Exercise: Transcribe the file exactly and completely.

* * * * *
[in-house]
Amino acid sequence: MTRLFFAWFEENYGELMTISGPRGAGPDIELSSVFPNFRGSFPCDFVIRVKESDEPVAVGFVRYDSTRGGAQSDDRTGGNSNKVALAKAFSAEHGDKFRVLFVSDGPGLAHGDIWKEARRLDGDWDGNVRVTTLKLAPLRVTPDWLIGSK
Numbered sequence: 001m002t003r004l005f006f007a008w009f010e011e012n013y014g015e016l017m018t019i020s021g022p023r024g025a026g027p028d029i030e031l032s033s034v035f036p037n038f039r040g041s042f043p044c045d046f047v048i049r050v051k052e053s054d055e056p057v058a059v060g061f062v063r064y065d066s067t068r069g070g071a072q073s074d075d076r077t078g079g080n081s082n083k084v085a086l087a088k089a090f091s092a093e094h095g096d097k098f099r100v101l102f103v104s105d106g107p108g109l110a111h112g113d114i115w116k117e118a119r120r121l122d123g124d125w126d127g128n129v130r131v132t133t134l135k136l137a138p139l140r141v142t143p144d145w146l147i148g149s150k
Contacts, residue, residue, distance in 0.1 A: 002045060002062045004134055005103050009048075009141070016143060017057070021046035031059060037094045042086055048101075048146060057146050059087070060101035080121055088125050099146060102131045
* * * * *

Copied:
[in-house]
Amino acid sequence: MTRLFFAWFEENYGELMTISGPRGAGPDIELSSVFPNFRGSFPCDFVIRVKESDEPVAVGFVRYDSTRGGAQSDDRTGGNSNKVALAKAFSAEHGDKFRVLFVSDGPGLAHGDIWKEARRLDGDWDGNVRVTTLKLAPLRVTPDWLIGSK
Numbered sequence: 001m002t003r004l005f006f007a008w009f010e011e012n013y014g015e016l017m018t019i020s021g022p023r024g025a026g027p028d029i030e031l032s033s034v035f036p037n038f039r040g041s042f043p044c045d046f047v048i049r050v051k052e053s054d055e056p057v058a059v060g061f062v063r064y065d066s067t068r069g070g071a072q073s074d075d076r077t078g079g080n081s082n083k084v085a086l087a088k089a090f091s092a093e094h095g096d097k098f099r100v101l102f103v104s105d106g107p108g109l110a111h112g113d114i115w116k117e118a119r120r121l122d123g124d125w126d127g128n129v130r131v132t133t134l135k136l137a138p139l140r141v142t143p144d145w146l147i148g149s150k
Contacts, residue, residue, distance in 0.1 A: 002045060002062045004134055005103050009048075009141070016143060017057070021046035031059060037094045042086055048101075048146060057146050059087070060101035080121055088125050099146060102131045